A landmark ruling concerning one of the most contested issues in sport — gender identity — has sent shockwaves through track and field in setting out new parameters for female athletes.

On Wednesday, double Olympic champion Caster Semenya lost her appeal against the introduction of new rules regulating the testosterone levels for athletes with a difference in sex development (DSD).

The 28-year-old South African, who is Hyperandrogenism — meaning she has elevated levels of testosterone — will now need to take medication to reduce her testosterone if she wants to compete internationally at events between 400 meters and one mile. Semenya is the dominant force in women’s middle distance running.

In its ruling the Court of Arbitration for Sport (CAS) announced that its three-person panel had rejected Semenya’s challenge against athletics’ governing body — the International Association of Athletics Federations (IAAF) — “by majority” but did add that it had “serious concerns as to the future practical application” of the new rules.
Under the IAAF’s policy, which will now come into effect on May 8, all DSD athletes, who are usually born with testes, would have to reduce their blood testosterone levels to below five nmol/L for a continuous period of at least six months, and maintain those levels continuously for the rest of their athletic career, if they want to compete internationally at middle-distance events.

Hyperandrogenism is a medical condition estimated to occur in 5% to 10% of women.
An excess of testosterone has been found to increase muscle mass within females and cause increased strength, stamina and physical energy.

Some critics argue that skews what should be a level playing field in women’s athletics.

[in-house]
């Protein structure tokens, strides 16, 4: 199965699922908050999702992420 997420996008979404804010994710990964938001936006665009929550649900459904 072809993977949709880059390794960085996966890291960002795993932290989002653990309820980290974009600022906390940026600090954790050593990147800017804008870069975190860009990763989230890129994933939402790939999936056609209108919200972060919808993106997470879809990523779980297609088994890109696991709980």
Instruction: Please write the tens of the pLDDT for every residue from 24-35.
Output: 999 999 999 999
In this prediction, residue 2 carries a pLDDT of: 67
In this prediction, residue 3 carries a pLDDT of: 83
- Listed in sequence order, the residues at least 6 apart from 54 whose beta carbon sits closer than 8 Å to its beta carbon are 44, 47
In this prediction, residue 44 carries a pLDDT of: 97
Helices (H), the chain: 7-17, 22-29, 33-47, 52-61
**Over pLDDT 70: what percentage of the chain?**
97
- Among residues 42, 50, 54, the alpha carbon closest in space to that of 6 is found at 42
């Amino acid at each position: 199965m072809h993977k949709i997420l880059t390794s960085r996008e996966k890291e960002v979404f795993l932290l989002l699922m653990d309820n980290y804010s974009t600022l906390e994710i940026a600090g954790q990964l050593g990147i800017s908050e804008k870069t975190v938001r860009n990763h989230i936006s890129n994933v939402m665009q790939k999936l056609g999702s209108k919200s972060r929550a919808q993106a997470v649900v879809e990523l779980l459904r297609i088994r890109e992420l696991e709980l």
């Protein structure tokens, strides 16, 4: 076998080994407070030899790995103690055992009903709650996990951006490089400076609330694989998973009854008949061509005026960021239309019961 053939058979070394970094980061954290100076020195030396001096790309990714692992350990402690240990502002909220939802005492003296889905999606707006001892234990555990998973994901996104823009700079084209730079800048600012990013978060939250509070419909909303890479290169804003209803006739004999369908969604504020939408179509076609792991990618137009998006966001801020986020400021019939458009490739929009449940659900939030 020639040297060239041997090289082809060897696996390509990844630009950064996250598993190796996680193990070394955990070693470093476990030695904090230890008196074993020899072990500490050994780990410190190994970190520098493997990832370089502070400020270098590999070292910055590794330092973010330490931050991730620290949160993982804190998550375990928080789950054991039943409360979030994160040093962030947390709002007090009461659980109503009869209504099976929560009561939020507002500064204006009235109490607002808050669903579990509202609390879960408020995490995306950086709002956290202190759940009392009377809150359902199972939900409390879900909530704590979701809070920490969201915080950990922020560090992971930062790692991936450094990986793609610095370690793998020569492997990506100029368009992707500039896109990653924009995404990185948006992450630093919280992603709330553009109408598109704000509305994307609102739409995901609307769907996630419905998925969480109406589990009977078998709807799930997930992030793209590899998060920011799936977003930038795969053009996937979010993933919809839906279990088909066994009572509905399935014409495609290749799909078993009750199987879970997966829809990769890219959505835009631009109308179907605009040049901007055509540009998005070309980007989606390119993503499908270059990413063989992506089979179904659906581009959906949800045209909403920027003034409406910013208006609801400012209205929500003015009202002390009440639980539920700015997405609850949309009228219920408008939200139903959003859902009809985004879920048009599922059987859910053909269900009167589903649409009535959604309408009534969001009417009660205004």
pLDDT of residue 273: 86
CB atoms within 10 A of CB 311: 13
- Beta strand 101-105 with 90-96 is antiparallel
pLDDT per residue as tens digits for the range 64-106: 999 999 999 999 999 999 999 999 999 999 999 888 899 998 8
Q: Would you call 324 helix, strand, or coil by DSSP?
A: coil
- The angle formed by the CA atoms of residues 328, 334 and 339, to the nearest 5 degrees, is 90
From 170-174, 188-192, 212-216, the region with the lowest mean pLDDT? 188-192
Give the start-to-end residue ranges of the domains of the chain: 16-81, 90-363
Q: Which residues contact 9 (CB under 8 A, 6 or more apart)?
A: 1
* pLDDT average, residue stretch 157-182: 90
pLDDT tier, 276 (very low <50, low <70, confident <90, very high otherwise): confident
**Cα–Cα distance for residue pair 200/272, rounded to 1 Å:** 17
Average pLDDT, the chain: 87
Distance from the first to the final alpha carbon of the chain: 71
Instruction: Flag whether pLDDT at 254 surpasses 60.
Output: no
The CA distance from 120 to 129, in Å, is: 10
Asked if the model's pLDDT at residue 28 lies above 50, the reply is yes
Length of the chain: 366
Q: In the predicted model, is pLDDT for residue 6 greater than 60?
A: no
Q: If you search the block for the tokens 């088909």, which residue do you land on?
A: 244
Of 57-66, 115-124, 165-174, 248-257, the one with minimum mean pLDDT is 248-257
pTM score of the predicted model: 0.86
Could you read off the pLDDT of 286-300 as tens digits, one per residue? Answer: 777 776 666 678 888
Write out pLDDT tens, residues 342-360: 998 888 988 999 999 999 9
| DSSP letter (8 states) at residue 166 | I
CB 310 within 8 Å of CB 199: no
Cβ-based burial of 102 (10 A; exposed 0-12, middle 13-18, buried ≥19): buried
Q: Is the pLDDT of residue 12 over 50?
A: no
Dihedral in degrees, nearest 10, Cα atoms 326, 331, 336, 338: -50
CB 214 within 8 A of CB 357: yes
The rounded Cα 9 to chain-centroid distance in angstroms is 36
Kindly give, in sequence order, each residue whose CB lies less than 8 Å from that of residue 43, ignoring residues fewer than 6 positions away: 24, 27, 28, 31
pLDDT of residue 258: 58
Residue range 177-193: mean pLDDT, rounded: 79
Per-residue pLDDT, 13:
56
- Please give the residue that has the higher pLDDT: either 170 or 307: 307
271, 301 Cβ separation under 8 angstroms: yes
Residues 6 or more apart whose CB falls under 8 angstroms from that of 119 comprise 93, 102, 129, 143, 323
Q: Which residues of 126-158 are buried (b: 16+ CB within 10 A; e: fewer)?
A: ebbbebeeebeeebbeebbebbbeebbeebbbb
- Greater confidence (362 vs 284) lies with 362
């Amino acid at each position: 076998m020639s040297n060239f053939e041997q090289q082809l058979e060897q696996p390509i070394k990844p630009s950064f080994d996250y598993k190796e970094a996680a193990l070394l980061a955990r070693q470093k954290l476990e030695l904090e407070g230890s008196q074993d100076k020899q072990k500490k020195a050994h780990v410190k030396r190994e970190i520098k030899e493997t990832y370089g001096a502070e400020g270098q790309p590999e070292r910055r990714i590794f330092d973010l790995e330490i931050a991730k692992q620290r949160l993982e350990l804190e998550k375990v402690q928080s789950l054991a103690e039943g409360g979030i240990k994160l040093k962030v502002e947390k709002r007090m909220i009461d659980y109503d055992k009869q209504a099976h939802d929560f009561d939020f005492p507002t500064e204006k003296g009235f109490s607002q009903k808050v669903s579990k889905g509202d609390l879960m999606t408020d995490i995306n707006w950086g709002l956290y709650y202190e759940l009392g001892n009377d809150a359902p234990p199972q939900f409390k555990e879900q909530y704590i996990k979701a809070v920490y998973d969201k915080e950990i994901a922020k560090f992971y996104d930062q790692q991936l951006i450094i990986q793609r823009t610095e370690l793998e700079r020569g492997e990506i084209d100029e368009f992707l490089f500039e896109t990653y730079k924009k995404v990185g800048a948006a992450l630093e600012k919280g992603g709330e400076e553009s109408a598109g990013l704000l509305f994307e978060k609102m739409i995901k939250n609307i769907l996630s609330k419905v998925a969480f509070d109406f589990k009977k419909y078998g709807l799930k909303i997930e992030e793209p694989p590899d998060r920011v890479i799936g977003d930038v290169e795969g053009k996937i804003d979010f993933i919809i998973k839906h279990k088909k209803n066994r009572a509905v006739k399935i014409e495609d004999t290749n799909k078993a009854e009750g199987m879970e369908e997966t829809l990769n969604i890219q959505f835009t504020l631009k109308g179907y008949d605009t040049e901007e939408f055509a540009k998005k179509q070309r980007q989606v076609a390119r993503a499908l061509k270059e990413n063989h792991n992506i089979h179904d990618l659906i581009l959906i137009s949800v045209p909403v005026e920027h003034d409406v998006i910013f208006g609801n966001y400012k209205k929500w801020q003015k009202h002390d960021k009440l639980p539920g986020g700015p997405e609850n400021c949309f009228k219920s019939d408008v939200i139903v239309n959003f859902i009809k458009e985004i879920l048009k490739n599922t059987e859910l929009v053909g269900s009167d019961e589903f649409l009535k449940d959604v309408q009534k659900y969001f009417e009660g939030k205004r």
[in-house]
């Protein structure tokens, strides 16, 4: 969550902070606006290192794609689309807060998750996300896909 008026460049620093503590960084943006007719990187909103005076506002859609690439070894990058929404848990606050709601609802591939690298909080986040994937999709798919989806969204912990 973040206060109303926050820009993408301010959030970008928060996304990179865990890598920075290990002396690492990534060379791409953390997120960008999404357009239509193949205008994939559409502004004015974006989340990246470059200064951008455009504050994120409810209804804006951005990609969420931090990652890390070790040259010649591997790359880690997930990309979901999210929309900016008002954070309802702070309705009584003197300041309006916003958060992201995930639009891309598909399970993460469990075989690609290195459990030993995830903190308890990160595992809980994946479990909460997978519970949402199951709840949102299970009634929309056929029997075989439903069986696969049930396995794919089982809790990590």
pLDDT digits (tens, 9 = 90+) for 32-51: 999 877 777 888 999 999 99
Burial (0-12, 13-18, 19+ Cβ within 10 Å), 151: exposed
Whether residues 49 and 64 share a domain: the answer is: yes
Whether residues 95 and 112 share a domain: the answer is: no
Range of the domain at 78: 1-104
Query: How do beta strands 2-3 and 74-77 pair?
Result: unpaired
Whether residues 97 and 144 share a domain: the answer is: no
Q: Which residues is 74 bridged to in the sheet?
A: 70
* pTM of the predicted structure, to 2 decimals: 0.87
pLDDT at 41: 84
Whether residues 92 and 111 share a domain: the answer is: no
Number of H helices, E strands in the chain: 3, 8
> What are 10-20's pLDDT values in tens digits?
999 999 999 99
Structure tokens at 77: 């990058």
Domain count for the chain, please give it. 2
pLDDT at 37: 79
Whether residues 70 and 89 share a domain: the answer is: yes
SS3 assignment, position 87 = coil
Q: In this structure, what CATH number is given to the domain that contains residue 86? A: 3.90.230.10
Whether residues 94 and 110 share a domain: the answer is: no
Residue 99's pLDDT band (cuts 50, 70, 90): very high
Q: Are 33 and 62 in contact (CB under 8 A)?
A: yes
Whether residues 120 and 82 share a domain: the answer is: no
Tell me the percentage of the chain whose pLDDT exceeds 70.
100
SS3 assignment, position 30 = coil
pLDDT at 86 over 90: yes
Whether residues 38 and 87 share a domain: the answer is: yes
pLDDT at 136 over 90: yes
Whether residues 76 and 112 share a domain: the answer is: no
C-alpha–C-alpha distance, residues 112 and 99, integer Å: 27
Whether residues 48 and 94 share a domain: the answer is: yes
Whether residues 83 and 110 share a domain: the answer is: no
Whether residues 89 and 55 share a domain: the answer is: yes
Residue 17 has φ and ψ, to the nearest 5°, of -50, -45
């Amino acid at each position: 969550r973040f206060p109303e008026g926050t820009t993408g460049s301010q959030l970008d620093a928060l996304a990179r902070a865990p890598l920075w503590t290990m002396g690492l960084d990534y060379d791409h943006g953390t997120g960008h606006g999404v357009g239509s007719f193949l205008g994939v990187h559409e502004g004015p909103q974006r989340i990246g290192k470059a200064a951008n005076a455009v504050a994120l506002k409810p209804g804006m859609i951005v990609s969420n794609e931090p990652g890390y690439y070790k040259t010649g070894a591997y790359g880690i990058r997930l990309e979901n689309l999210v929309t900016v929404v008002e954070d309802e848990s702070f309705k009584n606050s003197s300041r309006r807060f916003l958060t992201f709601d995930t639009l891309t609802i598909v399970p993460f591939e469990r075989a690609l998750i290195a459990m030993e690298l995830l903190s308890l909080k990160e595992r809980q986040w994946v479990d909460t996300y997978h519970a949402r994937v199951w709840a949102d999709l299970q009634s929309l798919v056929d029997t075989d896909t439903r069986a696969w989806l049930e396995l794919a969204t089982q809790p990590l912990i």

The IAAF believes DSD athletes have a competitive advantage — findings that were disputed by Semenya and her legal team.

A CAS statement said the panel was unable to establish that the DSD regulations were “invalid.” Although the Swiss organization also found the policy was discriminatory to athletes with DSD, CAS said “such discrimination is a necessary, reasonable and proportionate means of achieving the IAAF’s aim of preserving the integrity of female athletics in the Restricted Events.”

It was a conclusion Semenya — who has 30 days to appeal the CAS ruling to the Swiss Federal Tribunal — described as disappointing.

“I know that the IAAF’s regulations have always targeted me specifically. For a decade the IAAF has tried to slow me down, but this has actually made me stronger,” Semenya, the most dominant middle-distance runner of her generation, said in a statement released by her representatives.

“The decision of the CAS will not hold me back. I will once again rise above and continue to inspire young women and athletes in South Africa and around the world.”

Semenya’s representatives said the Olympian was pleased that CAS had found the IAAF rules to be discriminatory against DSD athletes, but was disappointed that two of the arbitrators had deemed such discrimination to be necessary.

“Ms Semenya is reviewing the decision with her legal team and considering whether to file an appeal,” the statement continued.

Whether Wednesday’s decision draws a line in the sand for track and field’s governing body over such a complex issue remains to be seen.

Within the statement, CAS expressed some concerns over the application of the IAAF regulations, which included: the unintentional non-compliance of the strict testosterone levels, the absence of concrete evidence on the advantage higher testosterone gives athletes at distances over 1500 meters and the “practical impossibility” of compliance.
Referring to potential health issues, CAS said: “The side effects of hormonal treatment, experienced by individual athletes could, with further evidence, demonstrate the practical impossibility of compliance which could, in turn, lead to a different conclusion as to the proportionality of the DSD Regulations.”

Source: Aimee Lewis and Eoghan Macguire

www.sports24ghana.com

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